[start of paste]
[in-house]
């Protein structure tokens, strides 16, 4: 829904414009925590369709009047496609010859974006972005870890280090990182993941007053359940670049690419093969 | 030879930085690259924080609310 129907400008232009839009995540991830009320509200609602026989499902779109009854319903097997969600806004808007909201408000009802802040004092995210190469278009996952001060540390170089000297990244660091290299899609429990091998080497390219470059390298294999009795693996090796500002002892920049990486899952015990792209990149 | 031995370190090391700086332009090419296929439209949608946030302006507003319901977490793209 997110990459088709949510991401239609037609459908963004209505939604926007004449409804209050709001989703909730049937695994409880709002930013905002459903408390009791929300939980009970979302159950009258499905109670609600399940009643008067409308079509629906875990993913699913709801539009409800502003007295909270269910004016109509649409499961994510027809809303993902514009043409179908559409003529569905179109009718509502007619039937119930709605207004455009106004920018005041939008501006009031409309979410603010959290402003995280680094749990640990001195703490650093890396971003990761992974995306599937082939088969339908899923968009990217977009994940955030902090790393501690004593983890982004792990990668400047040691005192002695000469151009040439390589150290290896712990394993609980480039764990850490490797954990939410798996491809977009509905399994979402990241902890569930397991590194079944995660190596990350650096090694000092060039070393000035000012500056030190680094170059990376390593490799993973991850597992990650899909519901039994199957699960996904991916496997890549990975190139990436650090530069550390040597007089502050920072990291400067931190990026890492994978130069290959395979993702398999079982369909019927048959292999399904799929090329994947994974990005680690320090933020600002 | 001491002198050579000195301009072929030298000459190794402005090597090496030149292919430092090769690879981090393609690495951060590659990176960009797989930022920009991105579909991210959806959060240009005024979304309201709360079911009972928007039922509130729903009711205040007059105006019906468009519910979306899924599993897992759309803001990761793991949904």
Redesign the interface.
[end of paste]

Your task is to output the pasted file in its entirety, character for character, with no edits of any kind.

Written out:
[in-house]
């Protein structure tokens, strides 16, 4: 829904414009925590369709009047496609010859974006972005870890280090990182993941007053359940670049690419093969 | 030879930085690259924080609310 129907400008232009839009995540991830009320509200609602026989499902779109009854319903097997969600806004808007909201408000009802802040004092995210190469278009996952001060540390170089000297990244660091290299899609429990091998080497390219470059390298294999009795693996090796500002002892920049990486899952015990792209990149 | 031995370190090391700086332009090419296929439209949608946030302006507003319901977490793209 997110990459088709949510991401239609037609459908963004209505939604926007004449409804209050709001989703909730049937695994409880709002930013905002459903408390009791929300939980009970979302159950009258499905109670609600399940009643008067409308079509629906875990993913699913709801539009409800502003007295909270269910004016109509649409499961994510027809809303993902514009043409179908559409003529569905179109009718509502007619039937119930709605207004455009106004920018005041939008501006009031409309979410603010959290402003995280680094749990640990001195703490650093890396971003990761992974995306599937082939088969339908899923968009990217977009994940955030902090790393501690004593983890982004792990990668400047040691005192002695000469151009040439390589150290290896712990394993609980480039764990850490490797954990939410798996491809977009509905399994979402990241902890569930397991590194079944995660190596990350650096090694000092060039070393000035000012500056030190680094170059990376390593490799993973991850597992990650899909519901039994199957699960996904991916496997890549990975190139990436650090530069550390040597007089502050920072990291400067931190990026890492994978130069290959395979993702398999079982369909019927048959292999399904799929090329994947994974990005680690320090933020600002 | 001491002198050579000195301009072929030298000459190794402005090597090496030149292919430092090769690879981090393609690495951060590659990176960009797989930022920009991105579909991210959806959060240009005024979304309201709360079911009972928007039922509130729903009711205040007059105006019906468009519910979306899924599993897992759309803001990761793991949904």
Redesign the interface.